If you’ve ever asked why there are black bars above and below the picture on your TV or ever wondered what’s the relevance of 4:3 or 16:9, the answer is it’s all to do with TV Aspect Ratio.
Basically, TV Aspect Ratio is shape of a visual image on any screen, whether at home or at the cinema, specifically, the relationship in size between the width and the height of the video image on the screen.
Traditional TVs were designed in the 4:3 format, because up until the 1950s, all movies were made in this format. That is, the image was wider than it was high by a proportion of 4 to 3. Divide 3 into 4 and you get a ratio of 1:33 and this is why Academy Standard, as it was known back then was designated 1:33:1. This was the standardised format and that is why older CRT TVs are shaped the way they are.
This all changed when widescreen was born. The widescreen format was introduced by the film companies in an attempt to bolster flagging cinema attendances, as people were staying at home watching more TV instead of going to movie theatres.
It was thought that this new format would improve the viewer experience by conveying more dramatic, dynamic scenery to the viewer and boost sales at the box office. Viewing widescreen format on a traditional 4:3 TV meant that some of the picture was cut off at the edges, so viewers had to go to the cinema if they wanted to enjoy the full experience of the movie.
It was 20th Century Fox that pioneered the introduction of the widescreen format with CinemaScope. Later, CinemaScope become Panavision, forming the basis of the most common widescreen format we see today.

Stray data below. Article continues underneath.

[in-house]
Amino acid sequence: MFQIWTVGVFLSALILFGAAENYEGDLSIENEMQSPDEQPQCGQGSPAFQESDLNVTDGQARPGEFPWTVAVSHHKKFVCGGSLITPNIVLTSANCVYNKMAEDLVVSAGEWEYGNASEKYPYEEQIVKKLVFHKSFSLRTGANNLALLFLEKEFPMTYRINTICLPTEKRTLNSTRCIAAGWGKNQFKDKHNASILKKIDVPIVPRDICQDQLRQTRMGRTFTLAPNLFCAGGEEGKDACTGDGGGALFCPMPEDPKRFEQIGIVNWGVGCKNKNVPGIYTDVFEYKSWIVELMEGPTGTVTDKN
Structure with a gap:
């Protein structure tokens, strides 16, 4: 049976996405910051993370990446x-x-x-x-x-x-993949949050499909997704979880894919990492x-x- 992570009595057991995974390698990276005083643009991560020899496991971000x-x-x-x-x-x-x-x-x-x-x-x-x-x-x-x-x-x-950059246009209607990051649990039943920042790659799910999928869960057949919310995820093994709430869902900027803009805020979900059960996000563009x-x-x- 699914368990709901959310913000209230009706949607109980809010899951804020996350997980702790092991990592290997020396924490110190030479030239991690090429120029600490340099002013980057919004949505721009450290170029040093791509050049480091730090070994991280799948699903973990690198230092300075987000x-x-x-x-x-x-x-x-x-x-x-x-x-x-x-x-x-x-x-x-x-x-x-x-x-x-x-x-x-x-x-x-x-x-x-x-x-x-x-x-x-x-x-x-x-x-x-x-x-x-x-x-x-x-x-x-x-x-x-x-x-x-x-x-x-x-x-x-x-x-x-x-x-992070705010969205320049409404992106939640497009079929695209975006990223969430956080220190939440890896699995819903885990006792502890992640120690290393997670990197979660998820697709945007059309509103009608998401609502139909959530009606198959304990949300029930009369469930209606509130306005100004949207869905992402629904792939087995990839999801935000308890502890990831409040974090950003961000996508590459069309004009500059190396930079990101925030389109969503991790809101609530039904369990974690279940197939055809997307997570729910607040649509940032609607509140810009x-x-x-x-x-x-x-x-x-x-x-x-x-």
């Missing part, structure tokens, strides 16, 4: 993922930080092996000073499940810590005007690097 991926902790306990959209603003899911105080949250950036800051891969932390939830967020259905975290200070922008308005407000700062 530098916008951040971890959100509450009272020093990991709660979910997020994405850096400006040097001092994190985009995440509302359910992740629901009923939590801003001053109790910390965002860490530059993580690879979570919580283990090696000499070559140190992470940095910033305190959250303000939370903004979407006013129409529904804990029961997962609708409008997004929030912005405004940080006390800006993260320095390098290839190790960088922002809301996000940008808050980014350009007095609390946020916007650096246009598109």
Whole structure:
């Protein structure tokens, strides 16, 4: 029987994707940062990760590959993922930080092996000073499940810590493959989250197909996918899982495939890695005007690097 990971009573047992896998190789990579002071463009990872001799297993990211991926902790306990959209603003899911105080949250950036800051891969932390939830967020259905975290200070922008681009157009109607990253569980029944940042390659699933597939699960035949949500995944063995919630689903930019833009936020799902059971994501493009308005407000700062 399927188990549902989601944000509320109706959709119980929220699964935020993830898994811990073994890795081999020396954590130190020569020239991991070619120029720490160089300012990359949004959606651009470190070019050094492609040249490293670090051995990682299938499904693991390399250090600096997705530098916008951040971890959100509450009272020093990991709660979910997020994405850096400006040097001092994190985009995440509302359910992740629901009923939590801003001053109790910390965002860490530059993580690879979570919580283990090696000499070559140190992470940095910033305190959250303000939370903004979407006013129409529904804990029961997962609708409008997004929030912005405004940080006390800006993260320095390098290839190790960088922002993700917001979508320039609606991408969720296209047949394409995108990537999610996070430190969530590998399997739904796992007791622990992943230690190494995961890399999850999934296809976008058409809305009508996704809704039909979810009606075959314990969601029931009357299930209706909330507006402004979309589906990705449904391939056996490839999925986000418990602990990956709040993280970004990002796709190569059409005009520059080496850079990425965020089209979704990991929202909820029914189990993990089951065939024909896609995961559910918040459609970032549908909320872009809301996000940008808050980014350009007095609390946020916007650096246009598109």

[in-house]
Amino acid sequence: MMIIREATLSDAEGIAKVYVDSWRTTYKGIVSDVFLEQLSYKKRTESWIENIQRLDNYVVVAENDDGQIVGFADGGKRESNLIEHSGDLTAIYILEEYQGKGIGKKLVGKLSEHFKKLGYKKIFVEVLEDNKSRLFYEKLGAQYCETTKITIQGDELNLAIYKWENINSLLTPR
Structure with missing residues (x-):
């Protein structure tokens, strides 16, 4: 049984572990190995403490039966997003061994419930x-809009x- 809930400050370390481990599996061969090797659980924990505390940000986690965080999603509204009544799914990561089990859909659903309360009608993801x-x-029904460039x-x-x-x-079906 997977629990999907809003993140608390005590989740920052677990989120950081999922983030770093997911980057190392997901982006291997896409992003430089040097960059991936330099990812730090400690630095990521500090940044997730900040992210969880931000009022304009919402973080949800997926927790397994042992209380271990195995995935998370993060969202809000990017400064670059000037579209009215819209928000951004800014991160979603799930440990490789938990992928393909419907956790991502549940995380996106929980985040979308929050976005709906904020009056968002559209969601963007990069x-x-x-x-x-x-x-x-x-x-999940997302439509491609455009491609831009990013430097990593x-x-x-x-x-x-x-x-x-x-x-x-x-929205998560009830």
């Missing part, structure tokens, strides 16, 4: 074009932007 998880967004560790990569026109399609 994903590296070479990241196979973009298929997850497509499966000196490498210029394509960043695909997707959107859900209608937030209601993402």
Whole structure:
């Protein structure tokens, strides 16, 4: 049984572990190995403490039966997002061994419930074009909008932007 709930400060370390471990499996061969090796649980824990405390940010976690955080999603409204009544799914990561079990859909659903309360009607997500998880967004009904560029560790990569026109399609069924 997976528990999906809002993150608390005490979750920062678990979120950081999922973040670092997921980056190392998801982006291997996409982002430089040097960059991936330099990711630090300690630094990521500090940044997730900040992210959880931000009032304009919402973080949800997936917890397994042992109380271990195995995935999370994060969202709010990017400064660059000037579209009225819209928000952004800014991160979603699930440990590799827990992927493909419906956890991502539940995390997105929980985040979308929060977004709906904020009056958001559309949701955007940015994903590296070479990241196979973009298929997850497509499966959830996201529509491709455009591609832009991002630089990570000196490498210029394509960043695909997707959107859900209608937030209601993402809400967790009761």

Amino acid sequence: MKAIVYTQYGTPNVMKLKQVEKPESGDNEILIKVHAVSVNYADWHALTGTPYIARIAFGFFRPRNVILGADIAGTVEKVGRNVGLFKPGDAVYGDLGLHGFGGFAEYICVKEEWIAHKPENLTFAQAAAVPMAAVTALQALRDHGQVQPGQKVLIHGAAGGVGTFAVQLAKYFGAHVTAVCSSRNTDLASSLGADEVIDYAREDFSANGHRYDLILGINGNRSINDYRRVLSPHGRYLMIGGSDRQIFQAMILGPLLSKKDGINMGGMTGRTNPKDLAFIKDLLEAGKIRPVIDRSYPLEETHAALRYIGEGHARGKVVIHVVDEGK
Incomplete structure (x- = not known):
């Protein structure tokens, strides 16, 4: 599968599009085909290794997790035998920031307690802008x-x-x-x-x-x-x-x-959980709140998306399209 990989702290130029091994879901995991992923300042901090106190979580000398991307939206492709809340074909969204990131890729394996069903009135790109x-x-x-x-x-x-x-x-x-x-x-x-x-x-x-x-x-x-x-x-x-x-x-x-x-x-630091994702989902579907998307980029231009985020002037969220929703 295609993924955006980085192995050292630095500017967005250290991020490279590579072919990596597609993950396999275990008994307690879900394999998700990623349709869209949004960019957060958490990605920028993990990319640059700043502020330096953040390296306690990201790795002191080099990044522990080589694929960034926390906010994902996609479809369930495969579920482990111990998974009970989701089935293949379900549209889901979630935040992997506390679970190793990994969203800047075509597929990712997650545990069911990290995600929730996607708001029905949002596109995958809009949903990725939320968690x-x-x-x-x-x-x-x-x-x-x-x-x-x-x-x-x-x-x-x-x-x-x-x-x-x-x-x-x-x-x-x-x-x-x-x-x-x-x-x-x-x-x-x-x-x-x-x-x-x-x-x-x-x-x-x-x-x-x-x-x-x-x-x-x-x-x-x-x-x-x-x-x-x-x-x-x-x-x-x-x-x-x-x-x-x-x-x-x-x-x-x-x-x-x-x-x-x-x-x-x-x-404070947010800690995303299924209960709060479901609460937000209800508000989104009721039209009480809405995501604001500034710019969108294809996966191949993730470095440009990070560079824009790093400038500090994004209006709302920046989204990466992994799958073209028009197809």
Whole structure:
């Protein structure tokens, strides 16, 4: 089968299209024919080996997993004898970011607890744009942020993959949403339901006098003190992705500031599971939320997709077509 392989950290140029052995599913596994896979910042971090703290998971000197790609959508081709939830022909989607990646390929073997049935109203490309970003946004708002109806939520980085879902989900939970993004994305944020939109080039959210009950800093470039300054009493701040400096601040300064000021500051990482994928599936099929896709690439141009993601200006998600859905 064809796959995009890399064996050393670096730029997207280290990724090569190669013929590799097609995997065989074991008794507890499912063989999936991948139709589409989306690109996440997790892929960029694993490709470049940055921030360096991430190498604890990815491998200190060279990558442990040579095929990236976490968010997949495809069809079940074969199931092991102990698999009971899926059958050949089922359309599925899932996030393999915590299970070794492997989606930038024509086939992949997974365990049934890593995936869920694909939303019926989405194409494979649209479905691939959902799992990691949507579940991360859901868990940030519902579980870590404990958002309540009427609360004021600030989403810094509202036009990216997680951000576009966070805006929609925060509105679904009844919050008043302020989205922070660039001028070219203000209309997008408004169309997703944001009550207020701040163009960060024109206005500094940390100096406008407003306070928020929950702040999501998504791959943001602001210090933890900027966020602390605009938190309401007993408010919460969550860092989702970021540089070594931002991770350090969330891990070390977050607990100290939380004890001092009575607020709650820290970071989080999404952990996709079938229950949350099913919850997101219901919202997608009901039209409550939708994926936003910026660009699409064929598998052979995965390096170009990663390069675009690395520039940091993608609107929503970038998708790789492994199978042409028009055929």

Modern CRT TVs and all flat-screen TVs adopted the 16:9 widescreen TV aspect ratio in order to imitate the experience of viewing movies at the cinema. As a result, movies not made in this format cause the size and shape on the picture on your TV to change.
TV manufacturers addressed the problem by introducing two formats known as Pan & Scan and Letterbox. Pan & Scan centred the widescreen image on the screen, resulting in the loss of a significant portion of the original image, which is why many viewers prefer the letterbox format, whereby the image is downsized in order to show the extreme right and left of the picture that Pan & Scan removes.
However, using the Letterbox format results in the familiar black bars at the top and bottom of your screen, which is how the format gets its name.
What’s more, things have become more complicated as directors are now shooting movies on even higher aspect ratios, meaning that even with the latest widescreen HD TVs you may still have to put up with those annoying black bars taking up the bottom and top of your TV.
Now that you know what is TV aspect ratio, let’s have a look what size of HDTV you really need.